Conditions of Use
Table of Contents
- About the PBEA Series
- Chapter 1: Plant Breeders Rise to the Challenge of Feeding the World
- Chapter 2: The Process of Cultivar Development: Pure Line Variety
- Chapter 3: New Line Development and New Line Evaluation: Single-cross Hybrid
- Chapter 4: New Line Development and New Line Evaluation: Clonally Propagated Cultivars
- Chapter 5: Value-added Trait Integration
- Chapter 6: Optimization of Product Pipeline
- Chapter 7: Launching Improved Cultivars
- Applied Learning Activities
Ancillary MaterialSubmit ancillary resource
About the Book
This open textbook places emphasis on the design of a process pipeline for continuous development of new improved cultivars as a means to implement the cycle of crop improvement. Essential topics in New Line Development and New Line Evaluation are addressed, such as choice of parents, creation of progeny, and evaluation and selection of progeny. Students learn to design a process pipeline to produce improved cultivars that meet a specific product target which represents stakeholders’ needs.
About the Contributors
Dr. Rita H. Mumm
Suza is an Adjunct Associate Professor at Iowa State University. He teaches courses on Genetics and Crop Physiology in the Department of Agronomy. In addition to co-developing courses for the ISU Distance MS in Plant Breeding Program, Suza also served as the director of Plant Breeding e-Learning in Africa Program (PBEA) for 8 years. With PBEA, Suza helped provide access to open educational resources on topics related to the genetic improvement of crops. His research is on the metabolism and physiology of plant sterols. Suza holds a Ph.D. in the plant sciences area (with emphasis in molecular physiology) from the University of Nebraska-Lincoln.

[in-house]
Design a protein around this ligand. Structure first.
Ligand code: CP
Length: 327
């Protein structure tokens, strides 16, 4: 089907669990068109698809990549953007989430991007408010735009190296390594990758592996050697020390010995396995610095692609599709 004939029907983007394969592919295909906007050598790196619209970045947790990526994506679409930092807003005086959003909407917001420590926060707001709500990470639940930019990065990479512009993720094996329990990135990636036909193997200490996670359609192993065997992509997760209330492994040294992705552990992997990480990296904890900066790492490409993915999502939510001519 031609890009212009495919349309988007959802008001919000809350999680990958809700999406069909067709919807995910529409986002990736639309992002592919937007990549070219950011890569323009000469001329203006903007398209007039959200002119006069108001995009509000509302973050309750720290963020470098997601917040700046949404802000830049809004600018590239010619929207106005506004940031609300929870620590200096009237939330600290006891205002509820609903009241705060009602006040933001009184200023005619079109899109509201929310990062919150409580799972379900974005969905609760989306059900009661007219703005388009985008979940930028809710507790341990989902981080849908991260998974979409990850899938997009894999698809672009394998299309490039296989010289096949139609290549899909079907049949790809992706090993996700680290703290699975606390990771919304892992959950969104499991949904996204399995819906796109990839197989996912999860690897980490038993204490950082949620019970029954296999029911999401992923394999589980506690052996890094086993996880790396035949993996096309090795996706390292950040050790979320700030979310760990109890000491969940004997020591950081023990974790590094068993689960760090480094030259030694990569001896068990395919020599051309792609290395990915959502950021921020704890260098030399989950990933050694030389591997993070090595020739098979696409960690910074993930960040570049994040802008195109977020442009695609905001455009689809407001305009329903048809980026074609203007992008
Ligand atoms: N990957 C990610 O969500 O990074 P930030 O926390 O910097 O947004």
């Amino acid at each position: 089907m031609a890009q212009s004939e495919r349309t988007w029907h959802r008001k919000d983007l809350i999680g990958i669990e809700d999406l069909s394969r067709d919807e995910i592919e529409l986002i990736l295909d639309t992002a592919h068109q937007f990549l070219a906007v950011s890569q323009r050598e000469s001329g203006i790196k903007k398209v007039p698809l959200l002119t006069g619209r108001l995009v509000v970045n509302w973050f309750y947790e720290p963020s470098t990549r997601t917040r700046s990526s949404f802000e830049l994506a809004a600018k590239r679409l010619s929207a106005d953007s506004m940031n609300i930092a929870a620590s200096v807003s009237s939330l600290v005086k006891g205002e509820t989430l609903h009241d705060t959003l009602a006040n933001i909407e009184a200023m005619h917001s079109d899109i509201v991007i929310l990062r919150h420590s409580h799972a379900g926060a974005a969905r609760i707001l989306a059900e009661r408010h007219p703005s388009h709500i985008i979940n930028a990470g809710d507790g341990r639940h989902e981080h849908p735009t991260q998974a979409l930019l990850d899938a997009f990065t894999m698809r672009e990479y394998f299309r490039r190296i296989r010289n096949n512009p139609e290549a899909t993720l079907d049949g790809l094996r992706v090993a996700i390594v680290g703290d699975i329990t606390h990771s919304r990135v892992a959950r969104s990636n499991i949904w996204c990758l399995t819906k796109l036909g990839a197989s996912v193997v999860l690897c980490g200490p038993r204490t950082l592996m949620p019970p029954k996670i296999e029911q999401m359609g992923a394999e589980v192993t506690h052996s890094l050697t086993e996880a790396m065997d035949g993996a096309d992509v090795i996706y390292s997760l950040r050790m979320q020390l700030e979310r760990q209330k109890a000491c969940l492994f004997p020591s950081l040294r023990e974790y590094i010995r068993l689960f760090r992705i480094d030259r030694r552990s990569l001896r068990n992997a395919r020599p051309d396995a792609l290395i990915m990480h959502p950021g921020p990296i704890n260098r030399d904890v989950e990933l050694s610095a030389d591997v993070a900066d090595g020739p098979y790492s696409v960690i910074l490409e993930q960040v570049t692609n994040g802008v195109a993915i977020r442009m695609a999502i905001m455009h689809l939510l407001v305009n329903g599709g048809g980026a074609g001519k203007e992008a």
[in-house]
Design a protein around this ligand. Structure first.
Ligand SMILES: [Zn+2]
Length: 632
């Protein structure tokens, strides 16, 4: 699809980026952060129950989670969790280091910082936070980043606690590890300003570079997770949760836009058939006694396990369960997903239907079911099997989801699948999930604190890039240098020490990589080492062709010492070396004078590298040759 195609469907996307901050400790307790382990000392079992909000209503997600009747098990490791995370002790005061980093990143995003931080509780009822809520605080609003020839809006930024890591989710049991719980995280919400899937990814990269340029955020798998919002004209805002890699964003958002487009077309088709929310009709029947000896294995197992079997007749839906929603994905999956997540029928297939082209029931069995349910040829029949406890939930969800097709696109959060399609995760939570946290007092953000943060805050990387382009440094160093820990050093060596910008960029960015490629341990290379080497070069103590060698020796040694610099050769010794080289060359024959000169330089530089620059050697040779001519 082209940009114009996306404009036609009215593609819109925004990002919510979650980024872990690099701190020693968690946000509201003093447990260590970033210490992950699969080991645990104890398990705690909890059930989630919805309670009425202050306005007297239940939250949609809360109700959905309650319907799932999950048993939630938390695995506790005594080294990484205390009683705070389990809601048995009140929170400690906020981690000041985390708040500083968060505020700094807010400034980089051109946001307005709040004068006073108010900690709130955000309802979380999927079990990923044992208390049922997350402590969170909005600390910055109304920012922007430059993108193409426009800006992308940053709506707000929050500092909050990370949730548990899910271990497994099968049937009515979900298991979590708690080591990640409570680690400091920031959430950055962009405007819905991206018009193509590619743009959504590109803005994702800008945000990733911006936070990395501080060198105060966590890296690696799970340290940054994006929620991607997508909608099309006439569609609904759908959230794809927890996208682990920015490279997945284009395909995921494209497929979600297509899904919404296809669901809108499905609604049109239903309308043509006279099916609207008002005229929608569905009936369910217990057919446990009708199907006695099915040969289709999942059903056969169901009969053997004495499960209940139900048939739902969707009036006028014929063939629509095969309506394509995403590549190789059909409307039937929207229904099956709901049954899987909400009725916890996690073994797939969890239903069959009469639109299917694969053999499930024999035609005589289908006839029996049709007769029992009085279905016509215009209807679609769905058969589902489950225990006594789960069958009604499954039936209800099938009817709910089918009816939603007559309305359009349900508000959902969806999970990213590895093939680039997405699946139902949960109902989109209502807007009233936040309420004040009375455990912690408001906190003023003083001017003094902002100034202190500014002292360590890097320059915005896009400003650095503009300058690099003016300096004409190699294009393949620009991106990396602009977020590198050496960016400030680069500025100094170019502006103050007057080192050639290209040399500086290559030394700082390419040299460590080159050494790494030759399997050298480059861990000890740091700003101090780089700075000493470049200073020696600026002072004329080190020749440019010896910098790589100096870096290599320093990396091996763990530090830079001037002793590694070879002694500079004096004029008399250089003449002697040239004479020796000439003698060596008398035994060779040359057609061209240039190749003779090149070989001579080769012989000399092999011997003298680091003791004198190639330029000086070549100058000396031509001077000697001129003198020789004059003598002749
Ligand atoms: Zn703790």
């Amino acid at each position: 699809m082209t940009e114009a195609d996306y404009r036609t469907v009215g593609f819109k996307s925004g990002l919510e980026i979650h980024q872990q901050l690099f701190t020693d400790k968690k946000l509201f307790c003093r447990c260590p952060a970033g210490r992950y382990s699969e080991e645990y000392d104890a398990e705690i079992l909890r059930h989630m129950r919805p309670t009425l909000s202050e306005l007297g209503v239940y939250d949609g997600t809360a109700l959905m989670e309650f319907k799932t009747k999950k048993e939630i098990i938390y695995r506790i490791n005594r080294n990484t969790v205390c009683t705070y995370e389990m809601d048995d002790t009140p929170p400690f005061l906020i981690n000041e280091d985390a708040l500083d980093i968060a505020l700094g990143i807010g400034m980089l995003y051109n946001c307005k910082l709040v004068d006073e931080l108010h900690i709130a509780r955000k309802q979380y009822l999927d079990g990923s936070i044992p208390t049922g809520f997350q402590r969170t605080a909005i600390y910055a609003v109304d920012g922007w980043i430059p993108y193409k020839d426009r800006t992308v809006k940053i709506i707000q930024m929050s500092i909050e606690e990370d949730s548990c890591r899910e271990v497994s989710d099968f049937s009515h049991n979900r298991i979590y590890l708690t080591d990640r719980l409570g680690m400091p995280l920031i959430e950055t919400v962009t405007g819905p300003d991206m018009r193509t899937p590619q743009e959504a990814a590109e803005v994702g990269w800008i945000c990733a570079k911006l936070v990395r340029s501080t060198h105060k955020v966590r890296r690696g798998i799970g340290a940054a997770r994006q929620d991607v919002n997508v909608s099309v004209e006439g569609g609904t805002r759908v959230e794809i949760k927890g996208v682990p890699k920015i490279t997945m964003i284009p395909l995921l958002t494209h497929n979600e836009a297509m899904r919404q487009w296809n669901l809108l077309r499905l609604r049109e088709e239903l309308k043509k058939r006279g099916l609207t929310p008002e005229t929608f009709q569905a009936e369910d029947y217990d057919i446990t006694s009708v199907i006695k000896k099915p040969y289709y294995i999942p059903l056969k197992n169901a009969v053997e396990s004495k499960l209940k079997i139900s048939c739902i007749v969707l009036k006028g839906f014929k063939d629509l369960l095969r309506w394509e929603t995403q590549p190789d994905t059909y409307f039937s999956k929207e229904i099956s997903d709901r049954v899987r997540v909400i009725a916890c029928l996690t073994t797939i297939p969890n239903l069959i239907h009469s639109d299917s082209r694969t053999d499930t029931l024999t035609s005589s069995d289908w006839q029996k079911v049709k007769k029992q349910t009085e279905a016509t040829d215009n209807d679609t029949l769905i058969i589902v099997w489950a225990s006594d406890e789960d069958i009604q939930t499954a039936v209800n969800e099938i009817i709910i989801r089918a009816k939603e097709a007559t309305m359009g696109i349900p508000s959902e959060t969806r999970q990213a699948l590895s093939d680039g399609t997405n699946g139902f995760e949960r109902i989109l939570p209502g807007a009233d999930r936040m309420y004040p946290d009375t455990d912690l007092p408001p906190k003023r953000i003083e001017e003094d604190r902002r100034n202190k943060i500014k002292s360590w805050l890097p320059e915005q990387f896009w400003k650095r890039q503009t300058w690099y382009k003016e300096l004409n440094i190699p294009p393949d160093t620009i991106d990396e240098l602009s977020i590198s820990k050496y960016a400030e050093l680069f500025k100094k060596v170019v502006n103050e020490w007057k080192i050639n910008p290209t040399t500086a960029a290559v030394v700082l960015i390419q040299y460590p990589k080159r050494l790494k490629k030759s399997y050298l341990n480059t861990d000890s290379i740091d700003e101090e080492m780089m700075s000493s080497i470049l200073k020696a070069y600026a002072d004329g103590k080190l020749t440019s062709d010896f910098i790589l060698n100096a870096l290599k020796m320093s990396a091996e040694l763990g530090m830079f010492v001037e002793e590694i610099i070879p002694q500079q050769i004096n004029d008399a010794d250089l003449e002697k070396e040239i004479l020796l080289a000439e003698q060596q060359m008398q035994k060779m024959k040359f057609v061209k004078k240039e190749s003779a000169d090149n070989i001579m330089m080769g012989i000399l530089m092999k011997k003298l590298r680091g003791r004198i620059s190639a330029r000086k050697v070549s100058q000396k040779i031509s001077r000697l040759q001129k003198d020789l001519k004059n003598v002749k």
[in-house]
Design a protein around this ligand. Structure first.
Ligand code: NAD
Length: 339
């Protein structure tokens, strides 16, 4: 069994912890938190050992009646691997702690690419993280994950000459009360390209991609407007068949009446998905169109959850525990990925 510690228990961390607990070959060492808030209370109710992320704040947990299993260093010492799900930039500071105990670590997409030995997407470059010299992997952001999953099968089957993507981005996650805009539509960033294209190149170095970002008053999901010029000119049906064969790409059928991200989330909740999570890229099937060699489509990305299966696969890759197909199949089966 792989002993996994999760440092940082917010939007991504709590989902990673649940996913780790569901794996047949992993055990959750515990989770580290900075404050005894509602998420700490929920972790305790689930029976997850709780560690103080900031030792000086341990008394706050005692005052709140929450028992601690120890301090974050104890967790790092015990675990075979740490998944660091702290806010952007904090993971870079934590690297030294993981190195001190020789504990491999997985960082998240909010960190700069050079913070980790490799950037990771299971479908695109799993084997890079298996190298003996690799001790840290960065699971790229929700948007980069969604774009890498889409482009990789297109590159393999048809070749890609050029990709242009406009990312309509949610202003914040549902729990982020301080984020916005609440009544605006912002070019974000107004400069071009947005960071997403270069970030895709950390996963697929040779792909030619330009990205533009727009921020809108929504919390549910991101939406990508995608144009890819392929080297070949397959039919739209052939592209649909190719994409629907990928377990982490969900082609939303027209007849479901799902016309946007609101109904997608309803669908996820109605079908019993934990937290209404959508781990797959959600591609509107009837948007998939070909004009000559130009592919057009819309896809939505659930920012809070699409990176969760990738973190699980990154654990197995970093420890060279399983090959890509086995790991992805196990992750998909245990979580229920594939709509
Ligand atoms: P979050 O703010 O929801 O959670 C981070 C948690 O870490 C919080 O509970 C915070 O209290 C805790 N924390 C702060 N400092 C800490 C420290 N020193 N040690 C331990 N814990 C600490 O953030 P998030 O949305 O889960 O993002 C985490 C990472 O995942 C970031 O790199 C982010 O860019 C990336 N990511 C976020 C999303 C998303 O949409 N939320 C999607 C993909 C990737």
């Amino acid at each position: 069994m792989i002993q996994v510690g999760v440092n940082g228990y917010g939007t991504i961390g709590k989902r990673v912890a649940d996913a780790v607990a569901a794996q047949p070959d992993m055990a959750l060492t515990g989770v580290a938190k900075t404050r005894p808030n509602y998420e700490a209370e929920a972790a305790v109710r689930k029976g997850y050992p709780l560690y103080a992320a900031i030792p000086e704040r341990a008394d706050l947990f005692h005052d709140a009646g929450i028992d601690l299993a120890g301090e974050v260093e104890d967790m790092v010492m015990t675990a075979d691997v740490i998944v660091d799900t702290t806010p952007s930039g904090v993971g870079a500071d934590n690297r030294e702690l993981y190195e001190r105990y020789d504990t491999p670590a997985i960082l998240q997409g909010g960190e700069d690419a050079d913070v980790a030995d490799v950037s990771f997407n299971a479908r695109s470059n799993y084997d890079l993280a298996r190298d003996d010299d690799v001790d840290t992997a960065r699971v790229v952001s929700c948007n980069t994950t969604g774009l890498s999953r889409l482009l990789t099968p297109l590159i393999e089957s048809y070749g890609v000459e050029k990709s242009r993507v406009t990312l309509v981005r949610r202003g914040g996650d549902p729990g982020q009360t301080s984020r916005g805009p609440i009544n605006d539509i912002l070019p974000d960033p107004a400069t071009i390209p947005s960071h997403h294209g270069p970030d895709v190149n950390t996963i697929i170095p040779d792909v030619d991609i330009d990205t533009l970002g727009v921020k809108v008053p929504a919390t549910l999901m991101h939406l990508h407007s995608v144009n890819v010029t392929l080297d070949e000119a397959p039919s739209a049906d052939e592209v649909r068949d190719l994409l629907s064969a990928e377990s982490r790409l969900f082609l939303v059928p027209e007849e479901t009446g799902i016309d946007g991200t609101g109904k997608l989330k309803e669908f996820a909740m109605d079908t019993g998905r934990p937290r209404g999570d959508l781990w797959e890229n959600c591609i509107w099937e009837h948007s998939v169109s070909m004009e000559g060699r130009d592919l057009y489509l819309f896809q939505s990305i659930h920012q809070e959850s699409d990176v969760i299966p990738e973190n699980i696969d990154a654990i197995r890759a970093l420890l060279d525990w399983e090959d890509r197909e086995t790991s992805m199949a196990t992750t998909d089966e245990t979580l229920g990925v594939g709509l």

Lamkey is the Associate Dean for Facilities and Operations for the College of Agriculture and Life Sciences at Iowa State University. He works in collaboration with the dean, associate deans, department chairs, college-level centers, and other unit leaders to ensure that operations directly advance the mission of the college and that resources are deployed wisely and efficiently. Previously, he served as the chair for the Department of Agronomy at Iowa State University, where, in addition to advocating for research and the PBEA program, he oversaw the Agronomy Department’s educational direction, its faculty, and Agronomy Extension and Outreach. Dr. Lamkey is a corn breeder and quantitative geneticist and conducts research on the quantitative genetics of selection response, inbreeding depression, and heterosis. He holds a Ph.D. in plant breeding from Iowa State University and a master’s in plant breeding from the University of Illinois. Lamkey is a fellow of the American Society of Agronomy and the Crop Science Society of America and has served as an associate editor, technical editor, and editor for Crop Science.